Staff Writer/Fact Checker/Editor
Please be advised that the performance depicts mature content.
Oh boy. This is going to be a touchy subject to tackle. It’s not as much about my chosen discursive approach to it, as it is about what I can’t reveal in this review.
I couldn’t be anymore serious. Chloë Whitehorn’s script transcribes brilliance in its ability to foreshadow heartbreak’s nadir, using subtle gestures and subtext that only become more apparent as the narrative progresses, to come full circle at the end and trigger hindsight. Regrettably, the only thing I can say about the ending is this: there is no other way the play could have possibly been concluded…
Divine Wrecks asks us to rewind our moral compass and challenge notions surrounding forbidden love. We are introduced to Eddy (Hugh Ritchie), an athletic prodigy and supposed budding Casanova who falls in love with his English teacher Cass (Fleur Jacobs), upon starting at a new high school. We soon find out that Eddy probably isn’t as much of a skirt-chaser as he’s made out to be – in fact, he struggles to make emotional connections, as a result of his difficult upbringing with foster parents and recent car accident. He confides in Cass for support.
The strong bond between them eventually blooms into a heavy romance with equally as heavy consequences. All the while, Eddy’s classmates (portrayed by Annelise Hawrylak, Megan O’Kelly, Michael Pearson and Luis Guillermo Villar) run the rumor mill at full speed – and it’s able to hold much water as we delve into their insights.
Ritchie and Jacobs have undeniable chemistry, no matter what we may think. Eddy is a character who was clearly forced to grow up fast and assume independence, but wasn’t properly socialized and can’t bear to associate with seemingly superficial people his age who don’t share his poetic tendencies. He needs somebody that has a firm grasp on reality, who he can trust to guide him and also make him feel secure.
Enter Cass, a protective and devoted woman who has lost all hope in love – until Eddy shows up. Jacobs is phenomenal in her portrayal of the wise and insightful Cass, who is able to psychoanalyze her younger counterpart and get him to open up, although it turns out to be a lot more forward than expected. Her affection and sincerity are endearing and yet agonizing at the same time because of what she’s getting herself into.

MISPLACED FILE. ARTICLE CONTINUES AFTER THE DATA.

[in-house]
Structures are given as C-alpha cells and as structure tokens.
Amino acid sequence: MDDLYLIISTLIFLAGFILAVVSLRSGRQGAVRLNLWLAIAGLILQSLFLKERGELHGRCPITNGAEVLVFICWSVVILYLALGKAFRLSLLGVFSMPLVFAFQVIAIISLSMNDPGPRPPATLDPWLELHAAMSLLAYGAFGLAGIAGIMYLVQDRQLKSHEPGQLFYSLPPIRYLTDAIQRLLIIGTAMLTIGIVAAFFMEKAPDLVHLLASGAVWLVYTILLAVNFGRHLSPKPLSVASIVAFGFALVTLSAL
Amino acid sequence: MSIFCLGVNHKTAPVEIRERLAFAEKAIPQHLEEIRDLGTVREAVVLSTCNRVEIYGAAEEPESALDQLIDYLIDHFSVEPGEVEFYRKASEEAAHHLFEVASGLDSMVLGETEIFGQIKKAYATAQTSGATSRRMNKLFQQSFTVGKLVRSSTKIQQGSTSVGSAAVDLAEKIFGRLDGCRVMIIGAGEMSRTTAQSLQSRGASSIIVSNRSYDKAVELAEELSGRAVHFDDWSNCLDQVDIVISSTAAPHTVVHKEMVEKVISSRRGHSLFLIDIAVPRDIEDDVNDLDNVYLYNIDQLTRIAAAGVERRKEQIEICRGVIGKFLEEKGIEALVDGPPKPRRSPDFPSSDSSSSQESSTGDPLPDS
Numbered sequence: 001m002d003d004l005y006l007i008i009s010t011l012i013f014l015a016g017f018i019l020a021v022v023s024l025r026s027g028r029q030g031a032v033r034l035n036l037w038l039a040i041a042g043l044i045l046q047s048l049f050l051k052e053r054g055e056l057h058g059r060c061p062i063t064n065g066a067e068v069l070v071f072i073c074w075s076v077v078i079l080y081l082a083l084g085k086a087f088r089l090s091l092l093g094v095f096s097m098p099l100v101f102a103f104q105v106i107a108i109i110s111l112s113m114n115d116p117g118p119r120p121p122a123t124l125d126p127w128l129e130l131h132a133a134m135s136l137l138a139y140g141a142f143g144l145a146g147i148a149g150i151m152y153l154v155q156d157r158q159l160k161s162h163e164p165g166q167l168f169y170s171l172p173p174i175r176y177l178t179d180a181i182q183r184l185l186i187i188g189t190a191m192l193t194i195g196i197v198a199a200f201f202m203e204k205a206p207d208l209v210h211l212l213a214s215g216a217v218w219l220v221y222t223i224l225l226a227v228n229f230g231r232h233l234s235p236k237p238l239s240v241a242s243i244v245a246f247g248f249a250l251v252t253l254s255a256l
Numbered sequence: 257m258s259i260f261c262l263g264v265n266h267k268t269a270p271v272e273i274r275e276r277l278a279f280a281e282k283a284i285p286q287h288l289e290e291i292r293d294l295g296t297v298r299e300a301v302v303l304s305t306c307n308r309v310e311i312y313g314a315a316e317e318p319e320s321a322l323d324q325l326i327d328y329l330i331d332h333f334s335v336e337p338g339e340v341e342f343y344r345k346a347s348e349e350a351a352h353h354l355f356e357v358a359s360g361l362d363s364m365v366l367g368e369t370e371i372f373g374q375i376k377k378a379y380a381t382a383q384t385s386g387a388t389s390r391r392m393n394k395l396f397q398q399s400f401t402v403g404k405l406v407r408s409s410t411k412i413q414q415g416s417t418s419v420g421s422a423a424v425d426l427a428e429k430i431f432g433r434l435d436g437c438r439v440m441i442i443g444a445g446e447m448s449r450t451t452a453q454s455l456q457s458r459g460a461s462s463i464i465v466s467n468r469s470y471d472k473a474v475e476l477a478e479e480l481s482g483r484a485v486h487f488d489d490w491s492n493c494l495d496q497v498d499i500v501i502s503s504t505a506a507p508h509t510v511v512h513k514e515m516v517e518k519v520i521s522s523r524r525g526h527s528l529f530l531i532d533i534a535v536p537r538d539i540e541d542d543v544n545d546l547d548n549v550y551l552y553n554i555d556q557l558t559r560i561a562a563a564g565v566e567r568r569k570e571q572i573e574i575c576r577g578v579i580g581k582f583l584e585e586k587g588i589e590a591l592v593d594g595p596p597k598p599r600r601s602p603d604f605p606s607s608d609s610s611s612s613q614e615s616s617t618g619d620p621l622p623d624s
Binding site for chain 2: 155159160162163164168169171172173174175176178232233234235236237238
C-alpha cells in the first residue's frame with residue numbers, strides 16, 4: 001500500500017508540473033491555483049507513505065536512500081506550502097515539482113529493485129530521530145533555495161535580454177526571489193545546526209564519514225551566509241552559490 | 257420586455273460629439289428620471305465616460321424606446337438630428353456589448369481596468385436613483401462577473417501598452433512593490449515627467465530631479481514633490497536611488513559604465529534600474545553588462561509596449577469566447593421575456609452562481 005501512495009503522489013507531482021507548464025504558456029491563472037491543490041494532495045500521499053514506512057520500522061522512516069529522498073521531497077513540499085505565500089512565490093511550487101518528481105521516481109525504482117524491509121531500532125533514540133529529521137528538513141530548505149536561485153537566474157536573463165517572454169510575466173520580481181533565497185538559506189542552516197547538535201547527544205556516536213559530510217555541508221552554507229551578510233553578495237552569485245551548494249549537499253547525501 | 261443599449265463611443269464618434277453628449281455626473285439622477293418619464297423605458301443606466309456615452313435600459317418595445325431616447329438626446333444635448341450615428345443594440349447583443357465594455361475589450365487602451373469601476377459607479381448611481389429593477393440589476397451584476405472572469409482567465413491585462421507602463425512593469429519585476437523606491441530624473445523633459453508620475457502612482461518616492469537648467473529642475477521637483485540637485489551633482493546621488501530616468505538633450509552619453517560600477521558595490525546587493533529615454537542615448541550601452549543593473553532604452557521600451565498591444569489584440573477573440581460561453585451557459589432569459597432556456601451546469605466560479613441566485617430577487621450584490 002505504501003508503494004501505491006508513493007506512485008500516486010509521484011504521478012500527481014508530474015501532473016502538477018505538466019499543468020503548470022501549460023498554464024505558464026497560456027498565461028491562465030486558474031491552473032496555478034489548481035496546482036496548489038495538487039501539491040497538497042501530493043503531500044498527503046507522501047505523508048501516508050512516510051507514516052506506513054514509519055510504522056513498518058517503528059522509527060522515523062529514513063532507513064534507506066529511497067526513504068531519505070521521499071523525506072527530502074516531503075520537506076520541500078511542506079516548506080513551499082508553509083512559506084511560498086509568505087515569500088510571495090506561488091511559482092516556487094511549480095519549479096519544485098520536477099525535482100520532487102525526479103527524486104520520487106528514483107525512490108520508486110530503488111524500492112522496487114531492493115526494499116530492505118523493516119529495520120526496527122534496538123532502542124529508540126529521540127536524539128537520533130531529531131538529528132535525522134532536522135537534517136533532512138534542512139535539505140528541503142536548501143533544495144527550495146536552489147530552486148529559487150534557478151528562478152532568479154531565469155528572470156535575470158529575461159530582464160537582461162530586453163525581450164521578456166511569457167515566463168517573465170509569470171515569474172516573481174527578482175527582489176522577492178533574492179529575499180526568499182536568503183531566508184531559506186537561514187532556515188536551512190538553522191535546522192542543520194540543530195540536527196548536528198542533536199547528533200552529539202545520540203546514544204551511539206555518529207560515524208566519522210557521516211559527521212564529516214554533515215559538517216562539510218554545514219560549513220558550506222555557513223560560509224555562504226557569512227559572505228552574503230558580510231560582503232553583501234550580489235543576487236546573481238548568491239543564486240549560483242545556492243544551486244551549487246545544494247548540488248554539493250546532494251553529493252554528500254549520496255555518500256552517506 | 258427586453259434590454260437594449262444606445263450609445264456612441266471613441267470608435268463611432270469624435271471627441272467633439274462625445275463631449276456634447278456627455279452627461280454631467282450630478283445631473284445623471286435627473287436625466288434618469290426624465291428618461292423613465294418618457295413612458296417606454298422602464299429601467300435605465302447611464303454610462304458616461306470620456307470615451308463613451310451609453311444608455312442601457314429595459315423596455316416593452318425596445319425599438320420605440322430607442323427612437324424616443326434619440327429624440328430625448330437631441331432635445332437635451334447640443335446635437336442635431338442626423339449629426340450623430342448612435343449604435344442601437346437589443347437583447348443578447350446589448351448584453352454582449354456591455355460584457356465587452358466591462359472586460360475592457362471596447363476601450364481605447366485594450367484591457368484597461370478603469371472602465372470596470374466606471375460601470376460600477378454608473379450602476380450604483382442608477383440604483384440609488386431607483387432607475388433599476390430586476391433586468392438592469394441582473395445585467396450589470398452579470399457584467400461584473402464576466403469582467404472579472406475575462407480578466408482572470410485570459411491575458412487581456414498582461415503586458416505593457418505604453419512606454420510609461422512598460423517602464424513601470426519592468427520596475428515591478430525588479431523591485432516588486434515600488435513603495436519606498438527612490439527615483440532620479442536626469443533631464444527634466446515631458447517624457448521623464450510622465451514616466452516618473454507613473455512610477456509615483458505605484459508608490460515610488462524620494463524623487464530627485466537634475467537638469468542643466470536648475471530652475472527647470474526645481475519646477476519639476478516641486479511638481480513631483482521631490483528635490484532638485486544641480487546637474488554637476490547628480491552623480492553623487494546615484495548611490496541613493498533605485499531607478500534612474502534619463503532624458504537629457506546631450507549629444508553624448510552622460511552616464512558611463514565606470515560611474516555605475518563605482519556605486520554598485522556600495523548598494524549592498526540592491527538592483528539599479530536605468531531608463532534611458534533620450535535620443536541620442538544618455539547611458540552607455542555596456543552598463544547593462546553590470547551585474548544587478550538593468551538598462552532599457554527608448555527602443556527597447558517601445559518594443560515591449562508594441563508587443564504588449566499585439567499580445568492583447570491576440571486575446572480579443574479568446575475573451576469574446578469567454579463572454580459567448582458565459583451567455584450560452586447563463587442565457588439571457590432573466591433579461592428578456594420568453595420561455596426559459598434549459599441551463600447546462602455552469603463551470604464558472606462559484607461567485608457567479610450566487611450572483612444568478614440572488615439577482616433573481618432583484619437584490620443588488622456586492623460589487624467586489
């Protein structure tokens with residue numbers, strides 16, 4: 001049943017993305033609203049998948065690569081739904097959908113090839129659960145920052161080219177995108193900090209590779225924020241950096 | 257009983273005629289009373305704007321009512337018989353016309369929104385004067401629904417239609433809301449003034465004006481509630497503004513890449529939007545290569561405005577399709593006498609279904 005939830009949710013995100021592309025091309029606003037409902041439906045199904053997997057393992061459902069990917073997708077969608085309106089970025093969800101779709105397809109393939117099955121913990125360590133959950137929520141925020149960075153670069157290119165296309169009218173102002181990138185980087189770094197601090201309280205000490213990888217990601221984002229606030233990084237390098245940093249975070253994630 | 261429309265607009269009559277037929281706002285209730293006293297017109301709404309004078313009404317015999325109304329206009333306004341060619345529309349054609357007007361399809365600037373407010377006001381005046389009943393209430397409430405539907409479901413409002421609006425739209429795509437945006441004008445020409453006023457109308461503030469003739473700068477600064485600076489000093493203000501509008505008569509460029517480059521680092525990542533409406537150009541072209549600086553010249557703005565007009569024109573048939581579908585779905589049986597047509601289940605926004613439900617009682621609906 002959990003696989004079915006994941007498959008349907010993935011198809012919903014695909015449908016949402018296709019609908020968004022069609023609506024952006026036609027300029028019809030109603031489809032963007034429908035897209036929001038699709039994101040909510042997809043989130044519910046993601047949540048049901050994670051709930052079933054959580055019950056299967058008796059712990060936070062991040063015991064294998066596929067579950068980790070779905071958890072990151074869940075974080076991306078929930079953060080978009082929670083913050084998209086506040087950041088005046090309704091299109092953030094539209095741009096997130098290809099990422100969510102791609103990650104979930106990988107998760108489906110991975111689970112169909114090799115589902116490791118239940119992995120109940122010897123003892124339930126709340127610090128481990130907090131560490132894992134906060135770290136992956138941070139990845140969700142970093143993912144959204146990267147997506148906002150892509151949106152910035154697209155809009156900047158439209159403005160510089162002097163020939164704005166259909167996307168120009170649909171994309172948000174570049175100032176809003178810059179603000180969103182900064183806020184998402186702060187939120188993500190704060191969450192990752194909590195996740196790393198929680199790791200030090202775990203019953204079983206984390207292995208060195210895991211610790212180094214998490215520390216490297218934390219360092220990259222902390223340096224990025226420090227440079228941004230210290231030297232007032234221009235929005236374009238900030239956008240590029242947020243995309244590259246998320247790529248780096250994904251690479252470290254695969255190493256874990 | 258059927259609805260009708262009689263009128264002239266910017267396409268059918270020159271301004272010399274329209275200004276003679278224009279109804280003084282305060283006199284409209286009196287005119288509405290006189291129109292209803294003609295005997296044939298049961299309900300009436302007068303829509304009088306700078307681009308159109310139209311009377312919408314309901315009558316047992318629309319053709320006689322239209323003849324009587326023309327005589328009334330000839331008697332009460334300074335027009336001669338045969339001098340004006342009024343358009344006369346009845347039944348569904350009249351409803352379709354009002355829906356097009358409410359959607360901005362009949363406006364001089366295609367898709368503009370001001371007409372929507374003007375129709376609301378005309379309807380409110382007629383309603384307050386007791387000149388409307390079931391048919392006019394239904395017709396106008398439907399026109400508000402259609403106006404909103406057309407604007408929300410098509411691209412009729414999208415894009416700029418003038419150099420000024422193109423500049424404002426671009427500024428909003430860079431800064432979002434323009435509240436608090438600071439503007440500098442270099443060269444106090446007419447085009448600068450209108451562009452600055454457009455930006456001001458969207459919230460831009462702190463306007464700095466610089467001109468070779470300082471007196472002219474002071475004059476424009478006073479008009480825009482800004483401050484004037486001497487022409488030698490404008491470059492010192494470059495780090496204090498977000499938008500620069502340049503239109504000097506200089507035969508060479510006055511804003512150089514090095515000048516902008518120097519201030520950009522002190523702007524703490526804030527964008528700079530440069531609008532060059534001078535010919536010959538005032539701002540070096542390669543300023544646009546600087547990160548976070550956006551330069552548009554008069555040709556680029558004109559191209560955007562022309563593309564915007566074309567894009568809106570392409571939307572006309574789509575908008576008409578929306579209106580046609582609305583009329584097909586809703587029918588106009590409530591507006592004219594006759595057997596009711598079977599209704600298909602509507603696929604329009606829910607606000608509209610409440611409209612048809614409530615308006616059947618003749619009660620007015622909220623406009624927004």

Ritchie masterfully depicts the multiple layers of confused emotions Eddy harbors, in spite of his cool exterior. Eddy isn’t sure how he’s supposed to act or feel since he’s never built solid relations with anyone before. His teenage hormones and extraordinary intelligence are at crossroads, and he’s in need of stability. Ironically enough, Cass becomes vulnerable to his charming advances. She likes the idea of his amorous disposition towards her, wanting to feel young again, and her sympathetic desire to help him makes the situation all the more unavoidable. She wants to claim the moral high ground, but she can’t lose him, as she knows the feeling of losing someone all too well. They both know that in the grand scheme of things, this won’t end well, but it just seems like the right choice at the moment.
All of the characters have incredible wit, especially the classmates, known as the Chorus. They are numbered off, although Hawrylak’s character, a cheerleader, is the only one of the four with a known name, Darla. They represent us, both as the audience and as society who express mixed feelings and offer varying interpretations of the affairs as they unfold.
The Chorus provides hilarity that is essential for this impending tragedy, but most importantly, they raise questions about the different types of love and what should be pursued. They prompt us to think about the different roles we want others to fulfill in our lives, and how when we start combining those roles, they complicate our relationships that much more. I found creativity in the Chorus’ out-of-sync lines, which are manifestations of how our thoughts are overlapped and distorted when we experience strong reactions to things. Pamela Redfern’s direction cannot possibly be more fitting.
The set is a cozy, vintage-style schoolhouse, with ‘50s doo-wop tracks occasionally playing in the background. If I had one nitpick, it would be the added-in popular culture references and modern dance beats. They had me confused as to what time period this play is set in.
The shock value in this performance doesn’t come from the sex scenes. We are instead shocked when we realize what the events lead up to – nothing is ever said explicitly, but we remember that there were actually dropped hints from earlier on emphasizing what was to come.
Divine Wrecks has a galvanizing effect. It necessitates the value of discussion, and I highly encourage sharing comments in our forum below. I want to know what those of you who have watched the performance think of the decision to tell this story.
Divine Wrecks is playing at Alumnae Theatre on 70 Berkeley Street as part of the FireWorks Festival until Nov. 8. For more information visit: http://www.alumnaetheatre.com/divine-wrecks.html